I have come to be able to appreciate just how interwoven art, theatre and music are with cultural identities only since leaving school and learning more about life. I was very lucky to have a great creative department at my school with wonderful teachers who sought out to give you every possible opportunity. The creative opportunities presented to me were limitless, I could even learn almost any instrument I wanted. Offering the capacity for creation was amazing and really allowed for students to express themselves, however I can only wonder whether or not that ability to create and express would have been better appreciated had we all been able to learn the history and true meanings of the art we made. If we understood the purpose and weight behind what we were performing, the quality of our performances likely will have been improved.


So much of the science I was taught at school was given to me on a need to know basis. I would memorise facts, figures, equations and complete problems without really understanding what they truly meant. Calculation is integral to science however so too is the recognition as to why science is important. At school, the greatest emphasis was placed into the ability to complete sums and extrapolate from data. However, I have come to realise that science is so much more than that. To study science is to understand the nature of the world around us and to seek out what causes our world to behave and change in the way it does; it is rooted in discovery and the drive to learn and understand. I wish I had learnt more about the faces behind the laws in physics, the determination and wonder which fed space exploration and the practical uses of chemistry and biology. Science has the ability to teach children to question life around them and wonder, yet all I remember from the classroom are facts and figures.


In Scotland we have a subject dedicated to trying to help school children develop the skillsets needed once they have left school: interview skills, writing up a CV, sexual education, basic healthcare and safety training. It is a vital subject but in certain aspects could go further. There are a whole range of issues which we face day to day which are not really covered within the classroom. Understanding and appreciating the importance of consent, basic knowledge of our rights, recognition and celebration of sexual liberation, attitudes towards racism, climate change, political debate, proper use of and ability to budget personal finances, understanding of disability, sexism within the workplace etc. The list is added to each and every day, I could go on forever! Since coming to university and being able to witness and experience so much of life, I have come to realise that education is at the core of solving so many of these issues. Too many things are shied away from and considered taboo to teach to young adults and school children but the reality is that so many of these issues will impact them at some point in their lifetime. Should we want to seek out progress and change as humanity, we need to begin by ensuring future generations have a better understanding and are given the abilities to navigate the world better.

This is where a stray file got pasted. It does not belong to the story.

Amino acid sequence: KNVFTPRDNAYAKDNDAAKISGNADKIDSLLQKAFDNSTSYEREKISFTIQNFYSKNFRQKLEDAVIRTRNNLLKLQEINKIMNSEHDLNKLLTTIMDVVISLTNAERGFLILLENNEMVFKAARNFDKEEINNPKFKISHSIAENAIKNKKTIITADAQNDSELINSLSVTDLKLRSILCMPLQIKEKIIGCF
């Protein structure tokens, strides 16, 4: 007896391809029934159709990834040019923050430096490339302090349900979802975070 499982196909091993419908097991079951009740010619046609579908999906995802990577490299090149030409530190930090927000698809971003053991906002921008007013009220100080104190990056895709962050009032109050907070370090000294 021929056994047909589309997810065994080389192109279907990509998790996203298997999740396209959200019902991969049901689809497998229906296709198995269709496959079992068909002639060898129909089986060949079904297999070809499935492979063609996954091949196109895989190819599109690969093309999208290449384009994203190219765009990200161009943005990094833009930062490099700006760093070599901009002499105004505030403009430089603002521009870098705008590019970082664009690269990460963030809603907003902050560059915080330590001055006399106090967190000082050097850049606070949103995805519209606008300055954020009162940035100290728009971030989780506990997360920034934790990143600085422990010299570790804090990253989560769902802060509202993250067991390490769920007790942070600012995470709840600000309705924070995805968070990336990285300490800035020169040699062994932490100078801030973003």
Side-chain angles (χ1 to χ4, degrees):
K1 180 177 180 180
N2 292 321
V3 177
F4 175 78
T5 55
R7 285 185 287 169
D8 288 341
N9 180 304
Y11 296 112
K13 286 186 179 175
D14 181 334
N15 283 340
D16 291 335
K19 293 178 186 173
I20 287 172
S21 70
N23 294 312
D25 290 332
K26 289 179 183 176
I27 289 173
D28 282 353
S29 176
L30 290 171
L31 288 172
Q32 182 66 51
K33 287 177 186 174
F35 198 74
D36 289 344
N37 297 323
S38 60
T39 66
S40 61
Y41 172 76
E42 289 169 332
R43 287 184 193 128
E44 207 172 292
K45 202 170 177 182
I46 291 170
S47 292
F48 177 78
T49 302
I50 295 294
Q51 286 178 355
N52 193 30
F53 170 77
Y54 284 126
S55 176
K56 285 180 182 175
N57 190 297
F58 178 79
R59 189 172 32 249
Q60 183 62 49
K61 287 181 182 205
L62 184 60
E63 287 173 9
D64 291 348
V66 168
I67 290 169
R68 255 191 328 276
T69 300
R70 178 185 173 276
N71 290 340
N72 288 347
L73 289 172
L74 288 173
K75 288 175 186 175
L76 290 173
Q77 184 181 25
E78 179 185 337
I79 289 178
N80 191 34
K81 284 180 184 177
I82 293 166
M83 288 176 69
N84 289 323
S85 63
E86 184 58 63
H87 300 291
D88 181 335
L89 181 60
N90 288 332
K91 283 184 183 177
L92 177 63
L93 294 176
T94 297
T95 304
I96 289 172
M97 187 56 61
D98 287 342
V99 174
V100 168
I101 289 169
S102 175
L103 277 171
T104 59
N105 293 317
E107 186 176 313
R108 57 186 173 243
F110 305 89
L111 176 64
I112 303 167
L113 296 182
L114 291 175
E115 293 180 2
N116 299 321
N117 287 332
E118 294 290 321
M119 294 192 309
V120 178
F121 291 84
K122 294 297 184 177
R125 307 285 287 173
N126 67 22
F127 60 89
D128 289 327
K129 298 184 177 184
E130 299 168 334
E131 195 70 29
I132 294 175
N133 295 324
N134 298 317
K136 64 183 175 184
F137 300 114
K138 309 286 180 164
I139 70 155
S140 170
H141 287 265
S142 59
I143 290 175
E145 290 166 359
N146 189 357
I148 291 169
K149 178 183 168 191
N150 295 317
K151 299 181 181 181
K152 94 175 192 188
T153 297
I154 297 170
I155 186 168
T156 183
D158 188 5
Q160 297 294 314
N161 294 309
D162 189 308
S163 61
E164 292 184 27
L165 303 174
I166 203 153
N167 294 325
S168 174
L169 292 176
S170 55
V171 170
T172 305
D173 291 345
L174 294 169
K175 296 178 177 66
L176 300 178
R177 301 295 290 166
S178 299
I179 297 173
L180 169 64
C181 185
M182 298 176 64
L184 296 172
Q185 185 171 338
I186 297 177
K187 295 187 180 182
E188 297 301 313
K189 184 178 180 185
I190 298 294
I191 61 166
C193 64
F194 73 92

These are just a small handful of my hopes for a better curriculum. As our understanding of the world changes, so too need our schools to adapt in order to best prepare and inspire children looking to set off on their adventures through life. The current situation and curriculum is far better than it has been but it simply does not go far enough yet.